Puccini's World

Classic Arts Features   Puccini's World
 
Giacomo Puccini's own life was turning into an Italian opera at the time that he was writing his immortal La rondine, opening this weekend at The Dallas Opera.


Along about 1903, Giacomo Puccini's life began to resemble an opera plot — and not so much a Puccini plot as a full-blown Verdi-style entanglement, with crippling injury, family scandal, lawsuits, a suicide, and the intervention of international politics.

First came the automobile accident on a slippery mountain road in Italy on a foggy night in February. Puccini, trapped under an overturned vehicle, nearly died from the fumes; when he regained consciousness, he immediately muttered, "Poor Butterfly, poor Butterfly." Temporarily crippled (he was on crutches and canes for three years) he continued to work on his current project, an opera about a geisha and an American naval lieutenant. And, at about the same time that he finished Madama Butterfly, he married the recently widowed Elvira Bonturi Gemignani, his longtime mistress and mother of his son Antonio.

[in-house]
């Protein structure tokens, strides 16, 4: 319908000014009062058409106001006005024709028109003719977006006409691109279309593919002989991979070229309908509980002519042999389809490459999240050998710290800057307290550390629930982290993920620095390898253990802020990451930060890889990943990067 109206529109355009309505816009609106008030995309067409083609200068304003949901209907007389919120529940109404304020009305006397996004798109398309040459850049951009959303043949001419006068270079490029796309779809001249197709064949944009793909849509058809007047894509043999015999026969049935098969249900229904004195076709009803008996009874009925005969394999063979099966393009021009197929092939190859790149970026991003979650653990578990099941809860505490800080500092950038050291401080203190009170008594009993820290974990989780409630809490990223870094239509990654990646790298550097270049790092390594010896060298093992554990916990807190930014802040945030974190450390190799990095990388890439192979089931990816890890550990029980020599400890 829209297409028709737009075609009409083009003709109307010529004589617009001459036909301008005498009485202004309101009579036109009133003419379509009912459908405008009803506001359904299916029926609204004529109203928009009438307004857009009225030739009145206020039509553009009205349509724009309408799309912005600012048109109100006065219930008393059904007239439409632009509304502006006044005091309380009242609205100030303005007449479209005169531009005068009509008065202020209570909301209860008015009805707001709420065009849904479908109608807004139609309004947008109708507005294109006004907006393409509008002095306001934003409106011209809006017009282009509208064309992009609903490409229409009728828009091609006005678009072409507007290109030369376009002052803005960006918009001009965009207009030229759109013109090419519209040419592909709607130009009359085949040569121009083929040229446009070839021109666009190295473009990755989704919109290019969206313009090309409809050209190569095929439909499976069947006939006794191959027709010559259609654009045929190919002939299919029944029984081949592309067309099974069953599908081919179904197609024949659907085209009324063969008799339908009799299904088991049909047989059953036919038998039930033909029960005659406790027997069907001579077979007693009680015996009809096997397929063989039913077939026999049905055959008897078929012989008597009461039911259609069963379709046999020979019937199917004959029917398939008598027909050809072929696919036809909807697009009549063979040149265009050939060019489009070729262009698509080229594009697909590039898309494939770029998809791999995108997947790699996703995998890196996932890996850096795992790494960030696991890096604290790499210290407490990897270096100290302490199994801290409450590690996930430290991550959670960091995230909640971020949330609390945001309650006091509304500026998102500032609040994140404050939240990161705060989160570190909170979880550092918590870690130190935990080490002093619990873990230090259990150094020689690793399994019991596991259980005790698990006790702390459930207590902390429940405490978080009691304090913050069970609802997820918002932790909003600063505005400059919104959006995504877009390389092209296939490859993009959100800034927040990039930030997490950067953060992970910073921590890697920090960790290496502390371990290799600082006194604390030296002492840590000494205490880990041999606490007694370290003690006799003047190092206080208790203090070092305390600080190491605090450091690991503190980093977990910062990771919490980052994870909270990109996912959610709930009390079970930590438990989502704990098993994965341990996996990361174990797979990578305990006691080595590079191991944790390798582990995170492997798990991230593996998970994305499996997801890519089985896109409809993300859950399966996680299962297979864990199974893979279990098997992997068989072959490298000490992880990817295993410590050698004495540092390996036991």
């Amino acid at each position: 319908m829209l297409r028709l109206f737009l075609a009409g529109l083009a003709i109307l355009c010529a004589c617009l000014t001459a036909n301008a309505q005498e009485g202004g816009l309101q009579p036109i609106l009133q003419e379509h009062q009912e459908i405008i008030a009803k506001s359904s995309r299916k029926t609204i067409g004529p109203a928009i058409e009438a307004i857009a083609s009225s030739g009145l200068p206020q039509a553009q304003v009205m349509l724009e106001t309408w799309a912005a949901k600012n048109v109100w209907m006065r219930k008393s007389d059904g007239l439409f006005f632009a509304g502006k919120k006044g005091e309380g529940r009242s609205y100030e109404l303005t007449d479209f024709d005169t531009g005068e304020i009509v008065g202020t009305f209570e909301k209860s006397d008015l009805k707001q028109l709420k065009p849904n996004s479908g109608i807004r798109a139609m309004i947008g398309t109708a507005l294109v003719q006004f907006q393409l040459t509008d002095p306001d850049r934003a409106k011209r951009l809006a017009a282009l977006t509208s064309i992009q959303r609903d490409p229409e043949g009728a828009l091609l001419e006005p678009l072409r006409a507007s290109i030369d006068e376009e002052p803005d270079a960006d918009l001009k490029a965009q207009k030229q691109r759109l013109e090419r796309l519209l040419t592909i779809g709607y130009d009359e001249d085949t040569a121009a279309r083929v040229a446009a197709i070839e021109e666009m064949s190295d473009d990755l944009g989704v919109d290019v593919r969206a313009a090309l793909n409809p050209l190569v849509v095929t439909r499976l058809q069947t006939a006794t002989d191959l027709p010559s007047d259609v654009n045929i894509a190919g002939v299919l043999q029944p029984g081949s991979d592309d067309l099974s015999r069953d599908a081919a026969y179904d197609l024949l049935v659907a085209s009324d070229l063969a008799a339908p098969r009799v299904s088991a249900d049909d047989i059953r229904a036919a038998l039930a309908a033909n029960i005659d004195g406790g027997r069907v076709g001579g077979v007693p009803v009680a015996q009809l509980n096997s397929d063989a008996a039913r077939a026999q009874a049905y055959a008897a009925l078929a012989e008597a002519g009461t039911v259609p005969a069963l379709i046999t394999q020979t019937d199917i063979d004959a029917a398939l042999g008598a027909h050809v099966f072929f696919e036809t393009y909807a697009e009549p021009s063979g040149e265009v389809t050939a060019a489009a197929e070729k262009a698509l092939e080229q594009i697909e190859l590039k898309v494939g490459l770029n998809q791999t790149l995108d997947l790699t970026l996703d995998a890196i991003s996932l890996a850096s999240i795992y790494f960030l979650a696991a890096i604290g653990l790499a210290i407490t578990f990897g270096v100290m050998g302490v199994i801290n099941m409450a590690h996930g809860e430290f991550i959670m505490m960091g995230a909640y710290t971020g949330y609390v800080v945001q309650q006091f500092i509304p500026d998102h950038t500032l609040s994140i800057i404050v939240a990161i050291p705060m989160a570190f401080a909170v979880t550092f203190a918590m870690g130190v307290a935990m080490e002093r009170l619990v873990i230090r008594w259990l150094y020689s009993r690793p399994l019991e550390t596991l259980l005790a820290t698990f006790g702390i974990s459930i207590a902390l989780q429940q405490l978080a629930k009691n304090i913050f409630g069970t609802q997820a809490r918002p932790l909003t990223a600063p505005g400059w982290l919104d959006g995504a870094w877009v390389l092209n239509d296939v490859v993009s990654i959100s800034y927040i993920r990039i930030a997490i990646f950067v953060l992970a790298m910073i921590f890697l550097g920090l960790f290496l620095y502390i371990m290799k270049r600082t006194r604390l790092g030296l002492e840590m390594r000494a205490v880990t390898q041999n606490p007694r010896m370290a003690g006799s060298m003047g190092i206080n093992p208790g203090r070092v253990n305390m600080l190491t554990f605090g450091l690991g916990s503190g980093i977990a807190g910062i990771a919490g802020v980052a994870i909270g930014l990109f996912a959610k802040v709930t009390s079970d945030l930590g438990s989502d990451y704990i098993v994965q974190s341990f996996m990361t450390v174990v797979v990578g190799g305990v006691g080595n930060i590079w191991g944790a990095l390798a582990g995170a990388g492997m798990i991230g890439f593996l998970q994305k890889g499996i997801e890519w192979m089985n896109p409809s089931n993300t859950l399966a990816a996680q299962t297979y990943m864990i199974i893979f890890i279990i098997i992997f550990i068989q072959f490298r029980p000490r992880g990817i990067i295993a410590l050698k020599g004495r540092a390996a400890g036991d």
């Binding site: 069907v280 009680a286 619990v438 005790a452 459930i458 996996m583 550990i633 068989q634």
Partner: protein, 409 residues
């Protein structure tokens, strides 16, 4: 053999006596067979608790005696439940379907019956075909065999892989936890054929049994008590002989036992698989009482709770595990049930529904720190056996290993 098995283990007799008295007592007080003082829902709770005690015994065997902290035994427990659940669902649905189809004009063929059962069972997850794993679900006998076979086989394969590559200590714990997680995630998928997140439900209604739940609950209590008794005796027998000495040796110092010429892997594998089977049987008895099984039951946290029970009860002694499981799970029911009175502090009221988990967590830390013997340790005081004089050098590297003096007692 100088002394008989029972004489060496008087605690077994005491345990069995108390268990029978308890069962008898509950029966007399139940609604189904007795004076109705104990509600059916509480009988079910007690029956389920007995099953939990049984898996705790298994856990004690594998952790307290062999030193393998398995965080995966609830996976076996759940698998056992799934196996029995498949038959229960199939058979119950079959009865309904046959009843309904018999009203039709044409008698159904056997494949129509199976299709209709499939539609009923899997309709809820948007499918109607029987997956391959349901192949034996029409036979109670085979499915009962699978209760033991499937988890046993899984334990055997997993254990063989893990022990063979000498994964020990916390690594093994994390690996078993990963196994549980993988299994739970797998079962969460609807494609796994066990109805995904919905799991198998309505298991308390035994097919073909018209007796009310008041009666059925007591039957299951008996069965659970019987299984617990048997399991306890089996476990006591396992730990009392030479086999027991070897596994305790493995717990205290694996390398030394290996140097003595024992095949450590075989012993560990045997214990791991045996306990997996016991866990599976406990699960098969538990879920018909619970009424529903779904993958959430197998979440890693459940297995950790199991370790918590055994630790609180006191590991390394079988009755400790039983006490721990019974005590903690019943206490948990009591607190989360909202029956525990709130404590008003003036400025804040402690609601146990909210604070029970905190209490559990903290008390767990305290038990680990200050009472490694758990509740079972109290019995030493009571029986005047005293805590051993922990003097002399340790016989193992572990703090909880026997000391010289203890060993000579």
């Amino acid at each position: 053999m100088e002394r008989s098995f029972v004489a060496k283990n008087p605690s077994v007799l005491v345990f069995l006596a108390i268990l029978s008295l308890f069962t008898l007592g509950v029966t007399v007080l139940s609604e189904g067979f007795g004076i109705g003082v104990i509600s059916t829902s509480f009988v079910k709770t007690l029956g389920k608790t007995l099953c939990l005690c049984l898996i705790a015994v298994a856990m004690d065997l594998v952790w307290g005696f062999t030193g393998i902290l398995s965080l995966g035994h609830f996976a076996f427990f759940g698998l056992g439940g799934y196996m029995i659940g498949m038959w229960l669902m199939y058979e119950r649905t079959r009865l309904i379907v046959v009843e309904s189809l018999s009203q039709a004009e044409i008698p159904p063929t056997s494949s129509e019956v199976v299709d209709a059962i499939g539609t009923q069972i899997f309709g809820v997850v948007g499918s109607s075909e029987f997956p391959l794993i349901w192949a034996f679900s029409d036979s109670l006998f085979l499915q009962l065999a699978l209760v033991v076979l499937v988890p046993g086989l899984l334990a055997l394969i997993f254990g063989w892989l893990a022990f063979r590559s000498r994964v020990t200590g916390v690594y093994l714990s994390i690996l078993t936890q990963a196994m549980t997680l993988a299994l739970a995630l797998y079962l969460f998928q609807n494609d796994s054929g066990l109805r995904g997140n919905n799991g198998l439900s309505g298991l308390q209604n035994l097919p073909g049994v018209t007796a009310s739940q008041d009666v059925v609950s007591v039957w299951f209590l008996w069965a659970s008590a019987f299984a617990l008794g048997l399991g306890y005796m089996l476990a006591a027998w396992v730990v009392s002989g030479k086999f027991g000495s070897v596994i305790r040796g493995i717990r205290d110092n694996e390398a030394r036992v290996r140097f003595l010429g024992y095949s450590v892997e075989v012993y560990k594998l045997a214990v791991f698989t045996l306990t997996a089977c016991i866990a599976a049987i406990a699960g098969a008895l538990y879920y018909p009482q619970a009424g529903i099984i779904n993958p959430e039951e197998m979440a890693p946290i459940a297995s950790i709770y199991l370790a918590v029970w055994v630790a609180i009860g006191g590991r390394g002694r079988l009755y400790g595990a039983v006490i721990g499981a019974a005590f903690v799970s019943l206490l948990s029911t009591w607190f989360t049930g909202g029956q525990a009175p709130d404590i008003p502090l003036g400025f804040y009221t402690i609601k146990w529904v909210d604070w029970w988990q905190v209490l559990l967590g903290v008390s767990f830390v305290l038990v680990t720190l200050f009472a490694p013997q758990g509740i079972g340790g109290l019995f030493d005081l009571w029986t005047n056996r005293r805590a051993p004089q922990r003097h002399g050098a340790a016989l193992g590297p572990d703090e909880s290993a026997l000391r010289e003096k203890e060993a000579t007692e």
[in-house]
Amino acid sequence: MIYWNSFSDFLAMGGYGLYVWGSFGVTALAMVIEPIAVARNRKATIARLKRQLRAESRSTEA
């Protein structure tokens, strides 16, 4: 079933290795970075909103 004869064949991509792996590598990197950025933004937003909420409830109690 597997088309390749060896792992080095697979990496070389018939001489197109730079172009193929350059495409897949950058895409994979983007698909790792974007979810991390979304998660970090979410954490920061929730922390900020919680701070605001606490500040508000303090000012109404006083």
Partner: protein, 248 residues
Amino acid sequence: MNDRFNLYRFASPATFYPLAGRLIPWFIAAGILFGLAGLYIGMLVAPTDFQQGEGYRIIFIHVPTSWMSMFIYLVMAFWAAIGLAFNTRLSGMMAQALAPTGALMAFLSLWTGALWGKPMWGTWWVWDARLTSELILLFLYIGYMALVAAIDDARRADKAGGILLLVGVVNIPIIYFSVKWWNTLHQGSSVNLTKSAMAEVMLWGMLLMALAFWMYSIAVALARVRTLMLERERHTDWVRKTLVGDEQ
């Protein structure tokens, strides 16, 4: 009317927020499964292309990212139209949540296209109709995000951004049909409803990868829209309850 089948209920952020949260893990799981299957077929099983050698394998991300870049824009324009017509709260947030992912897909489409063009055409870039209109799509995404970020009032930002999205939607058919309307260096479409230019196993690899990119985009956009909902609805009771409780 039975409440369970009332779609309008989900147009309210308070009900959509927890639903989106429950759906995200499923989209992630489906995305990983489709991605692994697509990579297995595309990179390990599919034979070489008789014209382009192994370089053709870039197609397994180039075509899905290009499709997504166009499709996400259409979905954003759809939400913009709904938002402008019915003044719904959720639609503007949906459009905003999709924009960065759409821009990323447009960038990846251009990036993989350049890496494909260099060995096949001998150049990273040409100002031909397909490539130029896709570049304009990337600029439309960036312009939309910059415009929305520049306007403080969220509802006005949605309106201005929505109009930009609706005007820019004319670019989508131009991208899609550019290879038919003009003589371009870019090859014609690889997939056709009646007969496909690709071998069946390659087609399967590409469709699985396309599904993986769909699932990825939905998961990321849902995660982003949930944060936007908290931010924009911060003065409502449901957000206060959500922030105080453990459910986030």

As every Puccini buff knows, Butterfly debuted in one of those notorious opening night fiascos that Fate reserves for operas destined to be spectacularly successful. (Bizet's Carmen and Rossini's The Barber of Seville suffered similar opening-night failures). Both Puccini and Madama Butterfly recovered soon after; the composer crossed the Atlantic for the first time, and became, by 1905, the darling of the thriving operatic cult on both sides of the ocean. The audience and management at the Metropolitan Opera in New York particularly adored him, and he was soon at work for his American fans on a new piece with an American subject and setting — La fanciulla del West ("The Girl of the Golden West"), his "wild west" opera. Italian opera, which had been making inroads into America for nearly a century, had become a fixture of urban American culture, and Puccini was one of its living manifestations.

Living happily ever after wasn't part of the storyline for Puccini, however. Scandals in the operatic community don't often surpass or even match the foibles of cinematic celebrities, but the Puccini family, thanks to Puccini's wandering eye and Elvira's raging temper, splashed across the tabloids and unintentionally entertained scandal-mongers in Europe and America, ironically, at the moment of Puccini's greatest international fame and prestige.